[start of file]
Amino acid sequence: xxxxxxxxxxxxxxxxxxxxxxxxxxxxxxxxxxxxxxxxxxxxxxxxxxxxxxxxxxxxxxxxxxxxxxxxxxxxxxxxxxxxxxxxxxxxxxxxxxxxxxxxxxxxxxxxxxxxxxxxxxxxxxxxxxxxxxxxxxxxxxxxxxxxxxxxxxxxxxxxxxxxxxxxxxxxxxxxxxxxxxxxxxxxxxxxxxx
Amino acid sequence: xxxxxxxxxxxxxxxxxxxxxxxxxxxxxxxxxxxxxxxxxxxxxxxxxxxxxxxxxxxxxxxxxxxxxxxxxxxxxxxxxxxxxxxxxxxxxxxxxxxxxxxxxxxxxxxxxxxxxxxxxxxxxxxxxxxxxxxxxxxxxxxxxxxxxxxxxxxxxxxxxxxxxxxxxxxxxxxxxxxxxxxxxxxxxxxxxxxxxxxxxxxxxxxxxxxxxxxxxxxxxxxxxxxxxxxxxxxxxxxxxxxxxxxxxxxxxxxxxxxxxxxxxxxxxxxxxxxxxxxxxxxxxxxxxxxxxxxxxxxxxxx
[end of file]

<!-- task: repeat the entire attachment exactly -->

Amino acid sequence: xxxxxxxxxxxxxxxxxxxxxxxxxxxxxxxxxxxxxxxxxxxxxxxxxxxxxxxxxxxxxxxxxxxxxxxxxxxxxxxxxxxxxxxxxxxxxxxxxxxxxxxxxxxxxxxxxxxxxxxxxxxxxxxxxxxxxxxxxxxxxxxxxxxxxxxxxxxxxxxxxxxxxxxxxxxxxxxxxxxxxxxxxxxxxxxxxxx
Amino acid sequence: xxxxxxxxxxxxxxxxxxxxxxxxxxxxxxxxxxxxxxxxxxxxxxxxxxxxxxxxxxxxxxxxxxxxxxxxxxxxxxxxxxxxxxxxxxxxxxxxxxxxxxxxxxxxxxxxxxxxxxxxxxxxxxxxxxxxxxxxxxxxxxxxxxxxxxxxxxxxxxxxxxxxxxxxxxxxxxxxxxxxxxxxxxxxxxxxxxxxxxxxxxxxxxxxxxxxxxxxxxxxxxxxxxxxxxxxxxxxxxxxxxxxxxxxxxxxxxxxxxxxxxxxxxxxxxxxxxxxxxxxxxxxxxxxxxxxxxxxxxxxxxx